So there are ways to calculate and there’s ways to negotiate with the insurance company to get the full value of that inherent diminished damage and to be made whole. And that’s what the law now recognizes in full as a result of some recent rulings.
Accident Victims Couldn’t Make Claims for Inherent Diminished Value in the Past
Rob: I just want to be perfectly clear here though. The idea of inherent diminished value has always been a thing. It’s always existed. You ask anybody on the street what they’re going to pay for if they were given the option of two cars, one that’s been in an accident or the exact same car that hasn’t been in an accident, and every single time they’re going to choose the one that has not been in an accident.
What’s different now, though, through the McGilloway v. Safety case that’s come out is that the at-fault insurance company has to recognize that as a damage. So it’s always been out there as a thing. You just couldn’t get paid for it by the insurance company. Now you can if you’re armed with the right amount of information. So that’s the benefit to consumers that you can now make that claim to the at-fault insurance company.
Are the IDV Rules Expected to Change in the Future?
John: Okay. So do you foresee any changes or clarifications through this rule in the future? Where does this go now?
Rob: This is brand new. So this decision just came out… It’s brand new as far as an ability that’s recognized that you can get this paid for by an insurance company. So now what do you do? What shouldn’t you do?
First of all, a consumer needs to be educated that they can do this. When I say consumer, I mean the person who’s been damaged, who was not at fault for the accident now needs to understand that they can make that claim. So how do they do that? They do that by, first of all, contacting the at-fault insurance company, telling the at-fault insurance company that their driver was at fault, their insured was at-fault, and that they now owe some amount of money.
What is that? Well, then this is they have to go use those tools that we talked about through CARFAX, through talking to a dealer, through doing their own research. And then negotiating with the insurance company for that dollar figure. But you’re probably going to have to bring this up because the insurance company is probably not going to come to you and say, “Hey, by the way, we also owe you all this other money.”
Why Do Consumers Need to Be Proactive About IDV Claims?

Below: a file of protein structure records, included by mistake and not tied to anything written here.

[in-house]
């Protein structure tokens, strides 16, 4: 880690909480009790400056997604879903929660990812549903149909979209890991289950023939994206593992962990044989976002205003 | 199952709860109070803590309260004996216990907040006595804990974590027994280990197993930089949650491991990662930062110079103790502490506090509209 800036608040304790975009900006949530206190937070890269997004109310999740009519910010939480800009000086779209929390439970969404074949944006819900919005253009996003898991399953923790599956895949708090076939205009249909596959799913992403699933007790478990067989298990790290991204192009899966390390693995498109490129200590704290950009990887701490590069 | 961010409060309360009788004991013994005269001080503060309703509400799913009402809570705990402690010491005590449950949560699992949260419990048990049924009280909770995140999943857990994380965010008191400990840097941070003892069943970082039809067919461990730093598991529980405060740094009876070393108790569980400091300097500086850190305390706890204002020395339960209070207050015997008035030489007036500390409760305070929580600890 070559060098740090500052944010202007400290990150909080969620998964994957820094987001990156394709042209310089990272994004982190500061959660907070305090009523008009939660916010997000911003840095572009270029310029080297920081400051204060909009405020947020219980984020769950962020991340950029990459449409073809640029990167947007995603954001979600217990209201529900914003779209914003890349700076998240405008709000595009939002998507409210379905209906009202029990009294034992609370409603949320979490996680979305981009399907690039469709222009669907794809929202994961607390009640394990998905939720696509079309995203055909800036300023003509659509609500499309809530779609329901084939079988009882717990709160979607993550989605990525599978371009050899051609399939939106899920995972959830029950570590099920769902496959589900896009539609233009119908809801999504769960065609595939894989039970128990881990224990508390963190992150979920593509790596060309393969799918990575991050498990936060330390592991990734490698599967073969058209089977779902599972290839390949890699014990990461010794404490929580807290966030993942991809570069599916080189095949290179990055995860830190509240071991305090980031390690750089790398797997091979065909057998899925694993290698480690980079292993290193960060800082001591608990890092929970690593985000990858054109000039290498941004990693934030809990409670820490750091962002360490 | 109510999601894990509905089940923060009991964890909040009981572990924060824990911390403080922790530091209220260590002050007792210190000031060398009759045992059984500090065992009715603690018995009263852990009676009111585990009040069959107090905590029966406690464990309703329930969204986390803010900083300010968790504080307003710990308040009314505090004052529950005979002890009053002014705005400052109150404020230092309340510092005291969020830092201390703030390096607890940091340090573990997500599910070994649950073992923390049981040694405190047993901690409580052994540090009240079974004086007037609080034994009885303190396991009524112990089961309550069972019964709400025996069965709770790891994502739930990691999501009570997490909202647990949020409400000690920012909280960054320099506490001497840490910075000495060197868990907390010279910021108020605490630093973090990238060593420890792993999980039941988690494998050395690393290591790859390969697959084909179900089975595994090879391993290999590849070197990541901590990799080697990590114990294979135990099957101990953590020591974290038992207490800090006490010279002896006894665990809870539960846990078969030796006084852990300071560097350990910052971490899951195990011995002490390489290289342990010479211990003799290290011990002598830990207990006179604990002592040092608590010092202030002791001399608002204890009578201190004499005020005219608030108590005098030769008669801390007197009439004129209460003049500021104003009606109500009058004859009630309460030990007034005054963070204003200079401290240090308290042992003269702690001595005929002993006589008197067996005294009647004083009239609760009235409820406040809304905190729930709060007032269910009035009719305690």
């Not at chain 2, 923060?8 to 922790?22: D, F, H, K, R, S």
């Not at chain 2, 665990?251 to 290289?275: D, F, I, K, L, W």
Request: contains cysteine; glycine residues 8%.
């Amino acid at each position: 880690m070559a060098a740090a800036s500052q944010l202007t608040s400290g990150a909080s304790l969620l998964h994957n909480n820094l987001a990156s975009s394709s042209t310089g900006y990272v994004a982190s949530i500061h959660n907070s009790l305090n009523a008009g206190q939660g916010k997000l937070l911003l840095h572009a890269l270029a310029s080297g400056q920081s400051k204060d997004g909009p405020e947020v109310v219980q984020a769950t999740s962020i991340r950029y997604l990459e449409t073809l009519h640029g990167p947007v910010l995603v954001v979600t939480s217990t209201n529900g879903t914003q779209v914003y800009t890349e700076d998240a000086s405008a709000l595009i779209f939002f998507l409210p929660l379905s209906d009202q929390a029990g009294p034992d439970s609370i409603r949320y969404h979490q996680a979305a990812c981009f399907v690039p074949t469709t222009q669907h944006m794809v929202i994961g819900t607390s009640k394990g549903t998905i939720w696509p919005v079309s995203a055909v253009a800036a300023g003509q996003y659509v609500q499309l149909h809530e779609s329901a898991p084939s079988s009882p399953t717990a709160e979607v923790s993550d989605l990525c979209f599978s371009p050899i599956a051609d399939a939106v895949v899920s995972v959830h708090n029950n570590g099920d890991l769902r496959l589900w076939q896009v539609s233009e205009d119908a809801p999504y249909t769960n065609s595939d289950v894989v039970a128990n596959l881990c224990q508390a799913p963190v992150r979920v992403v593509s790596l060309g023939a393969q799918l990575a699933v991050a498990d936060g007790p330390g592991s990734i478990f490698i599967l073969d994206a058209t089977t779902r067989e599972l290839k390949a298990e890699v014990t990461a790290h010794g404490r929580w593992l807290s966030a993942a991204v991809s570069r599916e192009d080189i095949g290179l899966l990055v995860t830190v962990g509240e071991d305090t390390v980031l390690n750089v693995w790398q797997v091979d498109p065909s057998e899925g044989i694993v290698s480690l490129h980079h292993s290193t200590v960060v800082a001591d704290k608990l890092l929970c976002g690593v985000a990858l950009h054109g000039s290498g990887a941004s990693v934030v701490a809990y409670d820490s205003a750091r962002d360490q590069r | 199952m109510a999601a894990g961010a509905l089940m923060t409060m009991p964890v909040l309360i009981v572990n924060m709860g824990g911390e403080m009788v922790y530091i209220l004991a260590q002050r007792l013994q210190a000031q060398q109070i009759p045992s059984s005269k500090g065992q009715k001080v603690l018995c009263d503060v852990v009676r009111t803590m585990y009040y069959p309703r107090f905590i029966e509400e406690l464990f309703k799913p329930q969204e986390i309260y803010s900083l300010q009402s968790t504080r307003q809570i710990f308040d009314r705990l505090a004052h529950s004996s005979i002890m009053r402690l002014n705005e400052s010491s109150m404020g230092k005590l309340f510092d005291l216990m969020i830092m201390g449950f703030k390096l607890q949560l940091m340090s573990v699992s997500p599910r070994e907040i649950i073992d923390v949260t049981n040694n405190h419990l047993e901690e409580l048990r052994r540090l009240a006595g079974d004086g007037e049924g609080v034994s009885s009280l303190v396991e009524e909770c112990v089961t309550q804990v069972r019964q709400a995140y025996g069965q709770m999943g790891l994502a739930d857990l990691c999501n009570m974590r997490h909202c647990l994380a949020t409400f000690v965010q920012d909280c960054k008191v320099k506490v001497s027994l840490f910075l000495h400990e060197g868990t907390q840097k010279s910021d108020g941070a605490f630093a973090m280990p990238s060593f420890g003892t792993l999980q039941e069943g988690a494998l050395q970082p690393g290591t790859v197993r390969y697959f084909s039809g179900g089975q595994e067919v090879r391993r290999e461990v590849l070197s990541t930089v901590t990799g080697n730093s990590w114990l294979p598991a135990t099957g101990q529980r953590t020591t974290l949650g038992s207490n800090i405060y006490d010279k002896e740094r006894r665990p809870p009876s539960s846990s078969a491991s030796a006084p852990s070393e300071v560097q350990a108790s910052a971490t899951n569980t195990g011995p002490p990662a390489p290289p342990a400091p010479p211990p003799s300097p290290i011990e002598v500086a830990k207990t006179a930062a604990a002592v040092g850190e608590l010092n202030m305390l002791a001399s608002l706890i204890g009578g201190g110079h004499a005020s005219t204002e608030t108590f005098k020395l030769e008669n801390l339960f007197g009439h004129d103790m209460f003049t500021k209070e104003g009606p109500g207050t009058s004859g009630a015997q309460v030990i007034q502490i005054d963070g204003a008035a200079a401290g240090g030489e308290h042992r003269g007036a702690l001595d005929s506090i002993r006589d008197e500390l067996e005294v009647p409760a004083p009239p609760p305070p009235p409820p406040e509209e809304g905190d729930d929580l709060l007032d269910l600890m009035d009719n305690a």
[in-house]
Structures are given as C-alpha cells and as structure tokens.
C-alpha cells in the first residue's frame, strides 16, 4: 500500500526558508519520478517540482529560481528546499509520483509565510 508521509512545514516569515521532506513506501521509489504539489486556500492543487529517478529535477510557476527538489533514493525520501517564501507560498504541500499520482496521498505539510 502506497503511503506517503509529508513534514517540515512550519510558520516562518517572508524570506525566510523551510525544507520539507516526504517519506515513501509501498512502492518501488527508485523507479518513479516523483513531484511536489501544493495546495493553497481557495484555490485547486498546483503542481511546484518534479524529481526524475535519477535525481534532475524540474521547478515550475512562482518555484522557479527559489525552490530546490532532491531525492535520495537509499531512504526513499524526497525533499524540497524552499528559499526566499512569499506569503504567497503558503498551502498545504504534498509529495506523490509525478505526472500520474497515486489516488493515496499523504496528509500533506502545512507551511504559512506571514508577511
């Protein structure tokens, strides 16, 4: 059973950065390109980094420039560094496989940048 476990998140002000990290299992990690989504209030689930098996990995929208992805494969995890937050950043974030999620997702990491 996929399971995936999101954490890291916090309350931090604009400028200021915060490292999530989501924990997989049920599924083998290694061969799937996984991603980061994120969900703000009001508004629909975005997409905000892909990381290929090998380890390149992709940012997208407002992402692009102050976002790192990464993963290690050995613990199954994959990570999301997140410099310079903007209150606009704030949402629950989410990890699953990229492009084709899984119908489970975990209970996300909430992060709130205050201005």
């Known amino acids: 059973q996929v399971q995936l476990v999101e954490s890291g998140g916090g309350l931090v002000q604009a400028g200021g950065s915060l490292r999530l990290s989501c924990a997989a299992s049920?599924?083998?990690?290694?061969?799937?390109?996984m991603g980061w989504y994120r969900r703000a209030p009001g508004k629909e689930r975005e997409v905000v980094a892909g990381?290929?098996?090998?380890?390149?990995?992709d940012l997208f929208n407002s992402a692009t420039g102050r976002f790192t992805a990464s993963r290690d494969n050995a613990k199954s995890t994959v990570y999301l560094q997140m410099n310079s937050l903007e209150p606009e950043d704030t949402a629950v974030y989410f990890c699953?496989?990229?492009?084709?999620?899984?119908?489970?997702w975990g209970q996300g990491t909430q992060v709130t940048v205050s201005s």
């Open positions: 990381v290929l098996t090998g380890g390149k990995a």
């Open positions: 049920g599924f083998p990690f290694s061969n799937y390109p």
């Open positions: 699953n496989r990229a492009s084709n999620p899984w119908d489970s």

John: Well, they generally don’t tend to invite that kind of information. So yeah, the consumer needs to be educated. We need to get it out there that they can do this. They can certainly contact us. We were the leaders of changing the way that this is being looked at. But it’s going to be the wild west for a while because insurance companies certainly aren’t going to notify consumers that they can do this. They are not going to be voluntarily making an offer. So the consumer needs to be armed with this information so that they can get paid.
Kevin: With issues like this, John, what we have seen in the past when the law changes the way that the McGilloway v. Safety Insurance Company has changed the law, is there are always fights and disputes that result, even after those decisions.
Insurance companies will try to come up with certain defenses to differentiate a case that gets presented to them in the future versus what the McGilloway case was. And what we anticipate is no different than what we’ve seen in the past. And the McGilloway case, in fact, was decided based upon the policy that was in place at the time of that accident when that case was handled. And that was the 2008 edition of the Standard Massachusetts Automobile Policy.
We fully expect that the insurance companies now because that policy is no longer used by the insurance companies, they use a different edition. It’s the 2016 edition, which is in essence the same contract, but it has some nuances to it that we fully expect the insurance company will say, “Well, it’s only the 2008 motor vehicle accidents versus the 2016 edition of the policy.”
That’s one fight that we expect and we’re ready for and we’ll deal with that. And we have a reason to show why they are in fact the same and why the damages should be paid. And we’ll fight that fight in the future if that becomes an issue.
So yeah, we don’t think that there’s anything that’s… They’re not just going to roll over and pay all these claims. There will be fights that will unfold from this. But it is critical to note that the case that was decided in October of this year, 2021, is a huge victory for consumers in that the highest court here in the state has said something that the insurance company for years has refused to acknowledge. And that is that these damages do exist. They can be calculated and they are covered under the Standard Mass Auto Policy.
John: All right. Well, that’s really great information, Rob and Kevin. Thanks again for speaking with me today.
Rob: Thanks, John.
Kevin: Thank you, John.
For More Info, Contact Mazow-McCullough
John: And for more information, you can visit the website at helpinginjured.com or call (978) 744-8000.